MIKE LeDONNE/Partners in Time: When they want to bitch slap you, they tell you your skill sets don't transfer. Here we find B3 ace LeDonne kicking it out with long time accomplices McBride and Nash but he's switching from B3 to piano. Does he hold up his end? Please! Hard charging and hard swinging throughout in the friendly confines of Van Gelder's studio, the trio plays up a storm of the kind of stuff that makes you show up out of rightful FOMO. Hot stuff of the highest order.
JD ALLEN/Barracoon: You sort of knew this would be coming but here we find Allen returning to a trio format and going civil rights jazz on us. Commemorating the 400th anniversary of slaves being brought to America with a title that means something along the lines of what you think it does, Allen's sax leads the way in blowing up a storm with sounds that often reflect the miasma that must have been going through the forcibly captives minds. Music with a message that can be conveyed without words, this rising star's rocket fuel is nowhere near burning out. Hot stuff.
POTTER'S DAUGHTER & ANNIE HASLAM/Blood & Water: In the midst of the Renaissance reissue program comes a new prog folk single Annie Haslam recorded with some locals that walks the line between Pentangle and Rennaisance but is welcome nonetheless. The only regret is that it's only a single. Not losing a step in her emeritus years, Haslam is still every bit the pre-Stevie Nicks enchantress she always was. Well done.
SETH JAMES/Good Life: The Texas bred roots rocker heads off to Delbert McClinton's stomping ground to get in synch with the gang that'll help show he's the next gen road house rocker that sets his watch to his own time zone. With cover art reflecting a Martian trailer park, this is certainly heartland roll from a place that it calls it's own home on the range. Fun stuff that gleefully colors outside the roots lines.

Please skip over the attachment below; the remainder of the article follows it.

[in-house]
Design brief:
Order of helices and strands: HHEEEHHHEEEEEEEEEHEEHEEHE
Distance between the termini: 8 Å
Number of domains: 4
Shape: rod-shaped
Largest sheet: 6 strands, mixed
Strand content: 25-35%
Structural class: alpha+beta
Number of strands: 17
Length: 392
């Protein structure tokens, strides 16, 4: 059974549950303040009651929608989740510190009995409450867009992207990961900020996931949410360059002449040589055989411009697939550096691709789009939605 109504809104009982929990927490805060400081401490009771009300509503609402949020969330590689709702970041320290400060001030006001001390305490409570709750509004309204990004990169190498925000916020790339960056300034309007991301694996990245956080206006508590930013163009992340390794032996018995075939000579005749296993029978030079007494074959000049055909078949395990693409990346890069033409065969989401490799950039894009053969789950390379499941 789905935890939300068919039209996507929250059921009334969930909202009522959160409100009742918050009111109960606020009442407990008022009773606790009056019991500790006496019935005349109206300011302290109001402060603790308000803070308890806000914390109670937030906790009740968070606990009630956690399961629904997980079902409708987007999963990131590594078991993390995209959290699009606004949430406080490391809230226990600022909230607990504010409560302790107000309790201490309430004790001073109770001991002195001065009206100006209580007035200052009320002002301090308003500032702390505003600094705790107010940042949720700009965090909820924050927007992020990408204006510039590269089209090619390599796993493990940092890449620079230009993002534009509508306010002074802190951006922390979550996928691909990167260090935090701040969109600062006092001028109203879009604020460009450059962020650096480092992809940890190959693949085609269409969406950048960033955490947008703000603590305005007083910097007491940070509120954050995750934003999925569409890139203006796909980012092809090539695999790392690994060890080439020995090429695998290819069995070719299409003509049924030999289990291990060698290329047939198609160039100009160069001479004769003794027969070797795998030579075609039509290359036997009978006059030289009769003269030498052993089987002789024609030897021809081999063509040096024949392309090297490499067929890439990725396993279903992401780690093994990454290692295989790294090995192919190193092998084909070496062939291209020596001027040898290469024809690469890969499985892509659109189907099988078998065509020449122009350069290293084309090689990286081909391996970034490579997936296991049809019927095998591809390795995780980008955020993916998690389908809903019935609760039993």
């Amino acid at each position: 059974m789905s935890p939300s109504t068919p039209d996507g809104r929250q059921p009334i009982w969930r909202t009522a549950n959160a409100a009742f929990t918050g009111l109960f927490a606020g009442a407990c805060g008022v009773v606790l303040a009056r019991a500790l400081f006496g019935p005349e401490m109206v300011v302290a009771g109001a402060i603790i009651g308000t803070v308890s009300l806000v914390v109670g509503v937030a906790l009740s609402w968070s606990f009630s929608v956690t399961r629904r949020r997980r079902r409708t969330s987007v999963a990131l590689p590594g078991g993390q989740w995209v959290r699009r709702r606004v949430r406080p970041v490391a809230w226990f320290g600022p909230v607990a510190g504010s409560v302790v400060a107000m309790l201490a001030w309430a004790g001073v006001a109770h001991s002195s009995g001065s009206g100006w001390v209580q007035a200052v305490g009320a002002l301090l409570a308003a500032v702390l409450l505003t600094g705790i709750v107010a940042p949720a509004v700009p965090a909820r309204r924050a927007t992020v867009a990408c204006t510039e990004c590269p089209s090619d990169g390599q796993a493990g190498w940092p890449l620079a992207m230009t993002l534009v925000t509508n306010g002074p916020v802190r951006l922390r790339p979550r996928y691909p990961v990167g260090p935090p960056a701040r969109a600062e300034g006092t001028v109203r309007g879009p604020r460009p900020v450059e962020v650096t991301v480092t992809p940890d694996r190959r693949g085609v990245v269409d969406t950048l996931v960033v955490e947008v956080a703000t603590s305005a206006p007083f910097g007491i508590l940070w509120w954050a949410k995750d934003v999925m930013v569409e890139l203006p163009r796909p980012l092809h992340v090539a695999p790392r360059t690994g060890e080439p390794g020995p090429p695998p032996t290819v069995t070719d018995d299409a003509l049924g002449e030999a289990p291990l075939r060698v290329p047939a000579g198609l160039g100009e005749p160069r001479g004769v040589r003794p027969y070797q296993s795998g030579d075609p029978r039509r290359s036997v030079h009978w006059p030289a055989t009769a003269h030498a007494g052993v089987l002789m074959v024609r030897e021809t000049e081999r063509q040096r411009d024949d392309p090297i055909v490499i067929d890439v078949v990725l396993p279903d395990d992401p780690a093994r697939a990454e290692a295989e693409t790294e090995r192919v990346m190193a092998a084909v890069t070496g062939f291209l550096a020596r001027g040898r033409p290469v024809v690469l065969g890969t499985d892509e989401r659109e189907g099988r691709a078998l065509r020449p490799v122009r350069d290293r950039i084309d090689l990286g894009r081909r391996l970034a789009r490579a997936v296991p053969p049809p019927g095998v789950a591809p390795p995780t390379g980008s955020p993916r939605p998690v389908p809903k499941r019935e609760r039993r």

ERIC LEGNINI/Six Strings Under: In which we find the pianist returning to his acoustic roots after hitting it to other fields for a while and celebrating guitar by having half of his quartet be guitarists. Fusing Bowie and Benny Goodman along the way in his song stack, Legnini shows why he's long been the ivory tickler of choice for real jazzbos that want the job done right. Tasty stuff that knows how to swing mightily, this small group has the flair and pizzazz that grabs you and doesn't let go. Well done.
BRUCE KATZ/Solo Ride: The Jewish kid from Jersey that became a roots rocking, blues award winning pianist rather than doctor humble brags his ways through his first solo piano set with totally unneeded trepidation. Kicking things off with some whore house piano jazz that stands up well next to the cats that invent the genre and keeping it all evening side from there, this stacks up as an unexpected treat where solo piano fills your ears with all the sound they can handle. His parents should sheb nachas and stop busting his balls about not knowing a stethoscope from his tuchas. Killer stuff.
(American Showplace 7766)
ITAMAR EREZ/Mi Alegria: A world guitarist that really walks it like he talks it gives people that never really dug world because they've been listening to stuff that takes it too seriously the kick in the ear drum they need to come over to the right side of the street. A joyously joyful, buoyant date that skims over the waters like a light craft on a sunny day, his expert playing and passion add up to a rare find fueled by breathing rarified air. A real instrumental delight, this genre buster session is real music to your ears. Killer stuff.